The ossified state of European telecom monopolies would stun American Webheads. One reason Slate is not a national obsession in Europe (as, of course, it is in the United States) is that Internet use remains a luxury here. The phone monopolies have priced out 800 access. Belgacom charges 5 cents per minute for connections to any Internet service provider, making the connection more expensive than the provider's service. Ten years ago Robert Reich, having seen the French Minitel experiment, warned that Europe would beat the United States to the next communication revolution--instead, U.S. Web entrepreneurs left Europe in the dust. Now European telecoms and communication bureaucrats spend their energies on blocking innovation and searching for ways to monopolize a new enterprise whose entire soul is decentralization.
These rapacious European phone monopolies have given birth to independent call-back services. Once registered, you dial a number in the United States, where a computer with caller-ID recognizes you after one ring. You hang up to avoid a Belgacom charge, and the computer calls you back, providing you with a stateside dial tone so you can dial as if you were in the United States. Call-back services allow me to call the United States for 70 cents a minute, vs. the $2.60-per-minute Belgacom charge, and make it cheaper to call Antwerp--just 40 miles away--via California than directly. Naturally, European governments want to tax call-back services out of existence. Supposedly, the European telecom market will deregulate in 1999, and in anticipation of being phaser-blasted by true competition, Belgacom just sold 45 percent of itself to a consortium led by Ameritech. Foreign managers will now be blamed for cutting the deadwood.
In a sense, all European governments are angling to shift the blame for financial reality onto someone else via the euro. In theory, national currencies such as the pound, mark, and lira will all disappear, replaced by one universal tender. A unified currency makes economic sense, but trade efficiency is only one motive for many governments. Participation in the new currency requires nations to cut their national debt below 3 percent of GDP. A dirty little secret of Western Europe is that it has gone further into hock than the United States. U.S. public debt was down to 1.4 percent of GDP in 1996, and may drop below 1 percent this fiscal year. Germany, France, and Belgium all are running public debts at 3 percent or more, and Italy is at 7.4 percent. European national leaders know they've got to tackle their deficits, but none of them wants the heat for cutting featherbedding or generous social-payment systems. So the euro plan allows them to blame foreign interests for required reductions.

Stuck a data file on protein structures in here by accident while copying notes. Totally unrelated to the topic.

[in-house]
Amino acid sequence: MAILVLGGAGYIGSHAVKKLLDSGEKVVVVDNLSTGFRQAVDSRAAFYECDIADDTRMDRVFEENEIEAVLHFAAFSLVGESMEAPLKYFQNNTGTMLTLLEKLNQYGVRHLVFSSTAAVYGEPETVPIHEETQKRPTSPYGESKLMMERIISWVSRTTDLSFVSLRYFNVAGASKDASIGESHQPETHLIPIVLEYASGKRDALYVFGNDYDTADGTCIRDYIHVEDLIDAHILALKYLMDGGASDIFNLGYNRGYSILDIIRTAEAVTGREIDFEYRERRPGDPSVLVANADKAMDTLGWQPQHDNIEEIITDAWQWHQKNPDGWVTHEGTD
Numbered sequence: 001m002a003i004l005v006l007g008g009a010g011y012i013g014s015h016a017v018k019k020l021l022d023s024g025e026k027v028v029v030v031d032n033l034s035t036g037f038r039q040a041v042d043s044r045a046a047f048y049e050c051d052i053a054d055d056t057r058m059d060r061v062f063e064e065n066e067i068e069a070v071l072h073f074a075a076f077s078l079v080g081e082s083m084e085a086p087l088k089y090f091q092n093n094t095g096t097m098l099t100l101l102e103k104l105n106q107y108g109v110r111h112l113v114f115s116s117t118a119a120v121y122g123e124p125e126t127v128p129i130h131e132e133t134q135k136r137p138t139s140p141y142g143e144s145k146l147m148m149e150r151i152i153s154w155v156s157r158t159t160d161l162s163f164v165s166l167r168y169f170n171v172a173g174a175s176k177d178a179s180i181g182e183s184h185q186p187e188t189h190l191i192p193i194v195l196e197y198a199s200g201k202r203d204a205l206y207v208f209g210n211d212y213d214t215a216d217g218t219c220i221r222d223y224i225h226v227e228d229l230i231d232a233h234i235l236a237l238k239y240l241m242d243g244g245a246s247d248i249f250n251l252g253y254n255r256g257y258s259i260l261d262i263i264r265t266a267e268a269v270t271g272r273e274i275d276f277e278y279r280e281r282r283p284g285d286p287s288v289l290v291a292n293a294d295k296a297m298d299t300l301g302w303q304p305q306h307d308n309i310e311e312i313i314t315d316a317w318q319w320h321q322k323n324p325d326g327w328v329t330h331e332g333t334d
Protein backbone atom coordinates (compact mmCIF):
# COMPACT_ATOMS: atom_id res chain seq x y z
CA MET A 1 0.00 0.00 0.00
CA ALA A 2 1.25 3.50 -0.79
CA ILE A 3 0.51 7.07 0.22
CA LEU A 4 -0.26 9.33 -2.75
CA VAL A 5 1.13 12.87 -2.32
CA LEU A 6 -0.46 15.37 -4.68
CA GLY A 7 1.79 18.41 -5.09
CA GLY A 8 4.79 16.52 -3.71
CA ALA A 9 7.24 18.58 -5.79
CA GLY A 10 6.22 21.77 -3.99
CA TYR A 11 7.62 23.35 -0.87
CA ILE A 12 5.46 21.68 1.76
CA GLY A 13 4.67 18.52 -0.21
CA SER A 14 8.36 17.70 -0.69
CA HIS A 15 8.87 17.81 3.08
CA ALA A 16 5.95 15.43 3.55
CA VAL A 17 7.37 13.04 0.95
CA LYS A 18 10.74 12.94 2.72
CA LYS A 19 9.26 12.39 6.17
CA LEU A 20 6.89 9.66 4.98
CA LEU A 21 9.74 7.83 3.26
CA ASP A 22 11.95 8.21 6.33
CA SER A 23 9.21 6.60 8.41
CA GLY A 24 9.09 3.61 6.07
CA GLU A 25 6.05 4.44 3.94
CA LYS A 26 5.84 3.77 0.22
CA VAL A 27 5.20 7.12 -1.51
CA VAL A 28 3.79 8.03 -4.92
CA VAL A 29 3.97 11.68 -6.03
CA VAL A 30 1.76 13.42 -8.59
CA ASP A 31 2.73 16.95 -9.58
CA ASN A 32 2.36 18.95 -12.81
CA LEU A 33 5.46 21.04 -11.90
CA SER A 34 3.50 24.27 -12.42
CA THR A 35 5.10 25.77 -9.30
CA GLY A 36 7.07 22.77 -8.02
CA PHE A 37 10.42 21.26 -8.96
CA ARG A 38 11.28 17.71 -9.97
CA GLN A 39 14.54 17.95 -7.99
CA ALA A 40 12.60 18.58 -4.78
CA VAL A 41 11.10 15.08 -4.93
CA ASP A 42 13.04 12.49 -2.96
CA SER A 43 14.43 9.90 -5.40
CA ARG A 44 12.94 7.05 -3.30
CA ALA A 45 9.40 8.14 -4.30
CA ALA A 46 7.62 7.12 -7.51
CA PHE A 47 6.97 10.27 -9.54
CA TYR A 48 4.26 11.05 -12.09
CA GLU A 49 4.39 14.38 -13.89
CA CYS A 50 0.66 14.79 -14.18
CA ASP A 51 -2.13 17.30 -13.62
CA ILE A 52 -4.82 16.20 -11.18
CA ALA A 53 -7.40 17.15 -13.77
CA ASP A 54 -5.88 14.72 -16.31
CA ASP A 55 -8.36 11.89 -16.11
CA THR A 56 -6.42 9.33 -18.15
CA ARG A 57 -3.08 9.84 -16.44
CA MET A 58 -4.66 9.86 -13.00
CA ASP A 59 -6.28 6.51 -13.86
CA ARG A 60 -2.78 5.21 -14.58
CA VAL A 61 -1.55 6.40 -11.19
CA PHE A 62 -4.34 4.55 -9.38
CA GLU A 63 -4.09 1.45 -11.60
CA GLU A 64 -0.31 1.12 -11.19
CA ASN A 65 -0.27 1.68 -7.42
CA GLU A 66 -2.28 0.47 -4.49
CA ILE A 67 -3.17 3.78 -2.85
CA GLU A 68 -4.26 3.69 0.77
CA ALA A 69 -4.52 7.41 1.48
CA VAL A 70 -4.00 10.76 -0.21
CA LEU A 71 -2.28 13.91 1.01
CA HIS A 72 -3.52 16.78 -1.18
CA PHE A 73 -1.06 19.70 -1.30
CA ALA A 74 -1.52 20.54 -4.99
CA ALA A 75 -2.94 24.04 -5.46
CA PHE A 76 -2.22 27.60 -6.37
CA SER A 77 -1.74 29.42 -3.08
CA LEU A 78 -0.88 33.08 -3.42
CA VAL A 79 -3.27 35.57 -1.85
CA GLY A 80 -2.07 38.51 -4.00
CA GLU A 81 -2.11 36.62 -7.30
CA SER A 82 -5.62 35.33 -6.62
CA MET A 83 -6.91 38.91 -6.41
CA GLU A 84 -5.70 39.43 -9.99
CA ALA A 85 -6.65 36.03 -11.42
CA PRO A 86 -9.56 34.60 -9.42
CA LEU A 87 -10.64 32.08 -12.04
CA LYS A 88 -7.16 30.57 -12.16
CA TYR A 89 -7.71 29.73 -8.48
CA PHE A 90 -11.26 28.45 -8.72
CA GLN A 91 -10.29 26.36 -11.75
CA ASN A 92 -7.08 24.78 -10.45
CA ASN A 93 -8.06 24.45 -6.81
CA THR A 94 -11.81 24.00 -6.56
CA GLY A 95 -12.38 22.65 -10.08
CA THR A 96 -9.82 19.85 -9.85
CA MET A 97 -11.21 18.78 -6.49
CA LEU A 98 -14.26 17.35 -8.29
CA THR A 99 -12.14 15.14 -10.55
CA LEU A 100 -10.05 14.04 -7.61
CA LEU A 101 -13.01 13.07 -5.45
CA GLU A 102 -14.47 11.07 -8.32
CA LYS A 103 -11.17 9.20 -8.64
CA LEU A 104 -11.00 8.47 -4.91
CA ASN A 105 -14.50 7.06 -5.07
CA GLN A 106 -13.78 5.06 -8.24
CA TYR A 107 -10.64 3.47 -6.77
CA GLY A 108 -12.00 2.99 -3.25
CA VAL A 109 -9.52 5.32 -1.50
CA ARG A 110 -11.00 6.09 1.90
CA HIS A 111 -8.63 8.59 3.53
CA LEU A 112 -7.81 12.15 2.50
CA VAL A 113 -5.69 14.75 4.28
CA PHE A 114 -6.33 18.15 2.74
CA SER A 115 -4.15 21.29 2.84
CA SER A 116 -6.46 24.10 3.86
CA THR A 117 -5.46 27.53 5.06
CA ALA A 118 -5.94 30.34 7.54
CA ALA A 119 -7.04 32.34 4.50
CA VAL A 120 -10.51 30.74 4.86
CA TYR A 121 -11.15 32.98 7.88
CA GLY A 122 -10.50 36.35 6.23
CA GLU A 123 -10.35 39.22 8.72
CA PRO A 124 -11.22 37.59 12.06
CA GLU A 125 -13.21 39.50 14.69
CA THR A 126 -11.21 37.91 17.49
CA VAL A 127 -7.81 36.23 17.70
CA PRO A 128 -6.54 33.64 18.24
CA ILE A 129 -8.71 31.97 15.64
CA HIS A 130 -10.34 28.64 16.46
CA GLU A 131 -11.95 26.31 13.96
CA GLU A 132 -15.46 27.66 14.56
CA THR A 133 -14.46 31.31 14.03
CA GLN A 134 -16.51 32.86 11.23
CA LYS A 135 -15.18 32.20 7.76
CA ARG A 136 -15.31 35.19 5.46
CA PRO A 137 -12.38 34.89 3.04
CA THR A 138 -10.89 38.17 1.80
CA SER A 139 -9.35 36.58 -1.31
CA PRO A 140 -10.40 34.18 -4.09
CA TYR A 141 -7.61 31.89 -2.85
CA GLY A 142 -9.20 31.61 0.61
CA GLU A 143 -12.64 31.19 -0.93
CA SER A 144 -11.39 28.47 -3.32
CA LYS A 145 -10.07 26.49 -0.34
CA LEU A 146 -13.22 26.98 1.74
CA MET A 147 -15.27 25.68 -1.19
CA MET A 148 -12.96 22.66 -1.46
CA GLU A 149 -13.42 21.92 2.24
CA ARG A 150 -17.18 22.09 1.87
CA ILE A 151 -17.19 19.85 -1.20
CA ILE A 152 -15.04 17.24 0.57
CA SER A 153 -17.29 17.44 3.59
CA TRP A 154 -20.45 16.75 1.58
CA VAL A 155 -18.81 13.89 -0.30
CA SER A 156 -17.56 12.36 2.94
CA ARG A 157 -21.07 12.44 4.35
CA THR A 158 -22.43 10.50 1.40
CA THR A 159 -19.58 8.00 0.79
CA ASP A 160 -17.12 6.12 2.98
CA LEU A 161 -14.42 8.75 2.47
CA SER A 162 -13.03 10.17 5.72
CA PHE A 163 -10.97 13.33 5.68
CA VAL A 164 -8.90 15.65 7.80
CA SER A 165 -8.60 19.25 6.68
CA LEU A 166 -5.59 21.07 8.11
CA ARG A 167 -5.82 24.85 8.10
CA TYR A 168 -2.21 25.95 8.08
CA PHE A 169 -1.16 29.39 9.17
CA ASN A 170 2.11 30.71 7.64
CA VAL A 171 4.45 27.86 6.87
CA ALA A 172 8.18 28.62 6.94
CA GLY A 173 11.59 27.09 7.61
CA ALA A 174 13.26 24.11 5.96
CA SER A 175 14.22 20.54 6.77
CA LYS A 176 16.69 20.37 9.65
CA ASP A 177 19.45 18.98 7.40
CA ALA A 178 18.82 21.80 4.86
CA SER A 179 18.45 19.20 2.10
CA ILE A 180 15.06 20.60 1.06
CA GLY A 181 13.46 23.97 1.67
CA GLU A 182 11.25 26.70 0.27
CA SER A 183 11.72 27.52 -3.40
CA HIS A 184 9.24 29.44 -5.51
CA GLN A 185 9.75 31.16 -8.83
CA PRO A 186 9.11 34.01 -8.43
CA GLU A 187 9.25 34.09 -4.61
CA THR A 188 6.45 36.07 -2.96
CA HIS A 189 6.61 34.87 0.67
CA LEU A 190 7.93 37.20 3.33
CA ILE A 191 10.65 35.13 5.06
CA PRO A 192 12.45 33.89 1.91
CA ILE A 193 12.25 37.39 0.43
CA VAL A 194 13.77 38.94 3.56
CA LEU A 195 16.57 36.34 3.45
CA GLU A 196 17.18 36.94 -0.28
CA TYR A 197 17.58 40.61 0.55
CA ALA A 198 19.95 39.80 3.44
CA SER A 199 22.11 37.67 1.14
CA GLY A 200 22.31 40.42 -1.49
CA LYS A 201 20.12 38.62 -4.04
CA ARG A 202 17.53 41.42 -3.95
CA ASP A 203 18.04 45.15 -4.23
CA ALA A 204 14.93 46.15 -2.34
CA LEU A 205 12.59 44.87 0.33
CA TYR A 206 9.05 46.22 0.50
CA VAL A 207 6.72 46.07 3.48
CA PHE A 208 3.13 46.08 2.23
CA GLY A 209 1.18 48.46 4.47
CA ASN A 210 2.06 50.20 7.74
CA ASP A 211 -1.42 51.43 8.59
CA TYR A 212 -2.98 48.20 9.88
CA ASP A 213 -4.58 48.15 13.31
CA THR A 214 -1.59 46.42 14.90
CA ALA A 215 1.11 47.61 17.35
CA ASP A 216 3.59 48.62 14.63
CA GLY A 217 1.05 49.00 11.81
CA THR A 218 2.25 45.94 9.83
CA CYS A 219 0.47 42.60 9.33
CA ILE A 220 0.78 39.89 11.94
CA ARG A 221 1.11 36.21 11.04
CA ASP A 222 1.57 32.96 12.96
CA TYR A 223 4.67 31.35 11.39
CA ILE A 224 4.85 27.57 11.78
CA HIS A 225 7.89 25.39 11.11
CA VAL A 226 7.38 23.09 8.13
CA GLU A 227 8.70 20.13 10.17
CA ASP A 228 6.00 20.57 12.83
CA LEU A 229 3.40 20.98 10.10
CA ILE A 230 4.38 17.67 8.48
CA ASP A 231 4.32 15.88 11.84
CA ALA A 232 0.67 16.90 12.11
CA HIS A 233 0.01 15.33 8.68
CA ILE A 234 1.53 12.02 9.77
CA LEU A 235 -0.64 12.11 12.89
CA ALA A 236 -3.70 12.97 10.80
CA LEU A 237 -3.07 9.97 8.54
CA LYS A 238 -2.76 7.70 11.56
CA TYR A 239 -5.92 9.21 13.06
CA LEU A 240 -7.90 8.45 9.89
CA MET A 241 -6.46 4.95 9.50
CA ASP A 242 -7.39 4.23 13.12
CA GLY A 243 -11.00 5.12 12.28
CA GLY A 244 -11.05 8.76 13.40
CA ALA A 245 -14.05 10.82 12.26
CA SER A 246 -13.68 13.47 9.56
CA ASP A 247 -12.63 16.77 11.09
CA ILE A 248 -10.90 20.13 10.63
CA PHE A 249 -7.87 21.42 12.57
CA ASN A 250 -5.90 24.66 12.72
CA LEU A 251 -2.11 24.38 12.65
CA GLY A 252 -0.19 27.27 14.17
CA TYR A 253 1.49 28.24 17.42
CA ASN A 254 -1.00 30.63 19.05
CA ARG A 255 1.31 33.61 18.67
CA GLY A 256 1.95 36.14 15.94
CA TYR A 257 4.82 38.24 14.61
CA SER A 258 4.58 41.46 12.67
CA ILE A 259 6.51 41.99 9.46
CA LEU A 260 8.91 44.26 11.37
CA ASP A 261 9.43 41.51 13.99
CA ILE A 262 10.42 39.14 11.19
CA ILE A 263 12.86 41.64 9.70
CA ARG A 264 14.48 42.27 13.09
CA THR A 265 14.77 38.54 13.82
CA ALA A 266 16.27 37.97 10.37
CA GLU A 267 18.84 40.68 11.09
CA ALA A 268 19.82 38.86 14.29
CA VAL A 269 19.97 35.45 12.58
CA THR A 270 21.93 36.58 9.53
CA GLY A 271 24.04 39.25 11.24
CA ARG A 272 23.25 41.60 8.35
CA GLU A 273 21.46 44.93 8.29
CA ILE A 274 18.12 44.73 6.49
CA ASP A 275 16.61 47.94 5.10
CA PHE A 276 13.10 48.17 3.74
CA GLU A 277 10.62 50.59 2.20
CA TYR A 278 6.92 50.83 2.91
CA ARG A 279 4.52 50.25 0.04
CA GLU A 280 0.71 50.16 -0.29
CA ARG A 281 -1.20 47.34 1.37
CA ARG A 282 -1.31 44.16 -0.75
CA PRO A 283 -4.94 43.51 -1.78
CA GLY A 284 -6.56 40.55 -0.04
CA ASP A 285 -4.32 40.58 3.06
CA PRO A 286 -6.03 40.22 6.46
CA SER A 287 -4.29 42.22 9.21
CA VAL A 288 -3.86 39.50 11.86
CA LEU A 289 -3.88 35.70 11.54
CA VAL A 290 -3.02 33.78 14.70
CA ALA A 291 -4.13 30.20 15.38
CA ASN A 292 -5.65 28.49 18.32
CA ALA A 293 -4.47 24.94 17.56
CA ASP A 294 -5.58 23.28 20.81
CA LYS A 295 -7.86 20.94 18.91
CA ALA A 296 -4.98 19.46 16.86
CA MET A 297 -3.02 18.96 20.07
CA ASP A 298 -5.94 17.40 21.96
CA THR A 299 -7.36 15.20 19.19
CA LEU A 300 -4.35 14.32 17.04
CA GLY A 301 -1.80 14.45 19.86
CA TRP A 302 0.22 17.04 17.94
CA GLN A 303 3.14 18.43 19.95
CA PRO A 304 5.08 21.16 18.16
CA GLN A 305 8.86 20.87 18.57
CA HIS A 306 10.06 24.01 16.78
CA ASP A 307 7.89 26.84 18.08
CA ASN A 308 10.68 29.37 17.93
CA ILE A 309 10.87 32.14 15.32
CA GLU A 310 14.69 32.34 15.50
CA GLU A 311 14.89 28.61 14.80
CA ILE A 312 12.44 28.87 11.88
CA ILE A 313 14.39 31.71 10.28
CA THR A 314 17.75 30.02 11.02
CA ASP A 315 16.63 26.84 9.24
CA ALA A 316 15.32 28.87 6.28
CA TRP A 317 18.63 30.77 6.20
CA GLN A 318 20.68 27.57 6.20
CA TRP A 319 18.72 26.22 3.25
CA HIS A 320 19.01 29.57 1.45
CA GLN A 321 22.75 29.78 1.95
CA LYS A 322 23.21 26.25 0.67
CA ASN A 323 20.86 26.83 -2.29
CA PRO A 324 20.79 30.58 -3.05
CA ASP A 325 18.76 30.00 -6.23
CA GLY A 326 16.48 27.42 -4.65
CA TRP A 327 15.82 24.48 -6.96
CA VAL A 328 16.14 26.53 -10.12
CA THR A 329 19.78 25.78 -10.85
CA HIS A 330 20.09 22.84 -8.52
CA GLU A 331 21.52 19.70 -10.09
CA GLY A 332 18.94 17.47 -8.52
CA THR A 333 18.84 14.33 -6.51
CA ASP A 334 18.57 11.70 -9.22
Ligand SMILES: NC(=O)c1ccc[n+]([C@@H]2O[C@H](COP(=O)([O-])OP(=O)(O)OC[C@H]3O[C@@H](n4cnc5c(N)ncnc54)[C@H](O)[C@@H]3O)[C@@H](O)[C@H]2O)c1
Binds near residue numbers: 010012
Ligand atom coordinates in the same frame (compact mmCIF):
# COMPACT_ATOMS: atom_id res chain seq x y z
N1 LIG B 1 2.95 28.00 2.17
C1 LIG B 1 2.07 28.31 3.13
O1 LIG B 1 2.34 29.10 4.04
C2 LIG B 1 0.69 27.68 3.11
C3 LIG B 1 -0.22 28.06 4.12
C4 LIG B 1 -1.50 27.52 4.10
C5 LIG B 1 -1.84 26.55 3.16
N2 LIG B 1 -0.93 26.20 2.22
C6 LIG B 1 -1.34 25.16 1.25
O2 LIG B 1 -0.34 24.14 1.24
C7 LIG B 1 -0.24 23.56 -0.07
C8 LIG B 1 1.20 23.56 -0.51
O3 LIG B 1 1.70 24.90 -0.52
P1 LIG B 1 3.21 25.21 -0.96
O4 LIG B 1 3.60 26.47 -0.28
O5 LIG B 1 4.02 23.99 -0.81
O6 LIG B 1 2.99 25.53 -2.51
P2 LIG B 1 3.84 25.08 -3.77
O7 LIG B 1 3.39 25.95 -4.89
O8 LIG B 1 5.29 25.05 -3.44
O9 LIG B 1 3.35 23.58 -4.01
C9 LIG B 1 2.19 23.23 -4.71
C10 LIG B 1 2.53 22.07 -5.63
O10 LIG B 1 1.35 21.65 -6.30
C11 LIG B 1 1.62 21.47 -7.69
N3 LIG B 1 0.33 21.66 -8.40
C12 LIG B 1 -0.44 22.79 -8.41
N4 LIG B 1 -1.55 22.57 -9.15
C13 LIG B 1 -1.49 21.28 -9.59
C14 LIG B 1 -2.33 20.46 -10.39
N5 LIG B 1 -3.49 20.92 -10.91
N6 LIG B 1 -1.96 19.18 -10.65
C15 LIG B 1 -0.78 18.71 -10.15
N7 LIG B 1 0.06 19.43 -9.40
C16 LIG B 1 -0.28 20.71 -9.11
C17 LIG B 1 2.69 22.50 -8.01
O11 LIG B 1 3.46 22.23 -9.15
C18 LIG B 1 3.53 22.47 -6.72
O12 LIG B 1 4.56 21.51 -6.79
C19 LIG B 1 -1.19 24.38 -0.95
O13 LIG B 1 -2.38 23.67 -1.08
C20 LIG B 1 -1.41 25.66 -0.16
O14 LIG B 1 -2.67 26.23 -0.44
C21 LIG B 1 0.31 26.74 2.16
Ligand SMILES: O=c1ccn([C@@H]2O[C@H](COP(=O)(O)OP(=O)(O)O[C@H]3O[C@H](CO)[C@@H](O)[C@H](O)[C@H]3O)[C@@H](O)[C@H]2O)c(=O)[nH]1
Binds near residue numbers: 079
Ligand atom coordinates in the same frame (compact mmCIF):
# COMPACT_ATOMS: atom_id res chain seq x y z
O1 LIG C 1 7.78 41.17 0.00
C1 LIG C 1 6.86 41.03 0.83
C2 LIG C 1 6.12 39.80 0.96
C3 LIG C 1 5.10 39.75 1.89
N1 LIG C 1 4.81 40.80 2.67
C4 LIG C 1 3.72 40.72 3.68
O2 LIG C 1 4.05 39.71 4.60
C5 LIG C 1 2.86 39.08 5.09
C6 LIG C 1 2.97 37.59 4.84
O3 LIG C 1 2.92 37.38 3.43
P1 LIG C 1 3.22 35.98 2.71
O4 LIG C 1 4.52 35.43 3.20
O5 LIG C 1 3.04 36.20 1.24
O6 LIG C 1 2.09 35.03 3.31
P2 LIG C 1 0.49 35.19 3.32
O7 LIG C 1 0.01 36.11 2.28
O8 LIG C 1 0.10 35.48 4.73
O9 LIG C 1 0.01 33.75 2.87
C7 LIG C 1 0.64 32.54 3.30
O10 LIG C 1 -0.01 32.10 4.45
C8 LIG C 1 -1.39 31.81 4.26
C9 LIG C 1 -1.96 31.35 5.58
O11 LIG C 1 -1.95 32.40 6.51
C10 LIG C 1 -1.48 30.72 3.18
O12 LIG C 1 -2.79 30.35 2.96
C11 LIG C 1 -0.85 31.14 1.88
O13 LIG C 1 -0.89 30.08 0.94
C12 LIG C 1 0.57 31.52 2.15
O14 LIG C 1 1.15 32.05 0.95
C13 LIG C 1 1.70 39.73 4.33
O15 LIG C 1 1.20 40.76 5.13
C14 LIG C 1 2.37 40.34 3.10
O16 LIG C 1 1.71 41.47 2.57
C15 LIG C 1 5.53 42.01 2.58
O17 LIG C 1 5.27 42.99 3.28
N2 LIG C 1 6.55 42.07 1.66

But will the spooky level of Belgian corruption rub off on the euro? Observers consider Belgium the second-most corrupt European state, trailing only Italy. Last year, the Belgian secretary-general of NATO had to quit over charges that his Flemish Socialist Party accepted $50 million in bribes from a defense contractor. Police recently arrested two other top politicians and raided the headquarters of the French Socialist Party in connection with bribes from another defense firm.
The European Union's Eurocrats have worthy ideas, such as persuading the continent's governments to agree on harmonious environmental and immigration policies. But the real overriding goal of the union and its executive arm, the European Commission (there's also a European Parliament here, but we can skip that), is self-aggrandizement. In conversations, Eurocrats are frank about their maneuvering for more money and empire: to wrest "competence," or jurisdiction, away from national governments and vest it in Brussels is the open objective.
The union's command center is a cathedral to bureaucratic power, the only diplomatic structure I've ever been in that actually looks the way Hollywood depicts diplomatic life. At State Department headquarters in Foggy Bottom, paint is peeling in the halls and people with titles like "deputy director" work in chintzy little Dilbert cubicles. At the marble-clad European Union headquarters, even midlevel Eurocrats have large, plush suites with leather chairs and original artwork on the walls. Ranks of big black-glass BMWs and Mercedes limos are parked at the structure's circular drive, motors wastefully idling. Landing a job in the Brussels Eurocracy has become the career goal of many of Europe's best graduates.
The European Union's behavior synchs with its opulent circumstances. Meetings are held in secret, and few public-disclosure regulations apply. This is the future of European government? Just how competent the new organization may be is on display at Berlaymont, the first European Commission headquarters. Forerunner of the current sumptuous building, this vast skyscraper now sits near the center of Brussels unoccupied, its entire outer structure swathed in heavy tarpaulin. Berlaymont has been closed for nine years after an asbestos scare and a botched cleanup: European taxpayers have paid $50 million so far merely to keep the building closed, with air pumps running around the clock to prevent any fibers from wafting out. A mountain of scientific studies has shown that asbestos in walls is almost never dangerous: The only dangerous thing is trying to rip it out because that causes fibers to become airborne--exactly what has happened at Berlaymont. And if the European Union can't manage its continent any better than it manages its own buildings ...
Fortunately, Berlaymont isn't in my neighborhood, but a patisserie is. Bakeries are easier to find than gas stations in Brussels, and the neon bakery sign I can see from my office window often calls out to me the way signs for cocktail lounges once called out to earlier generations of writers. Think I'll answer now.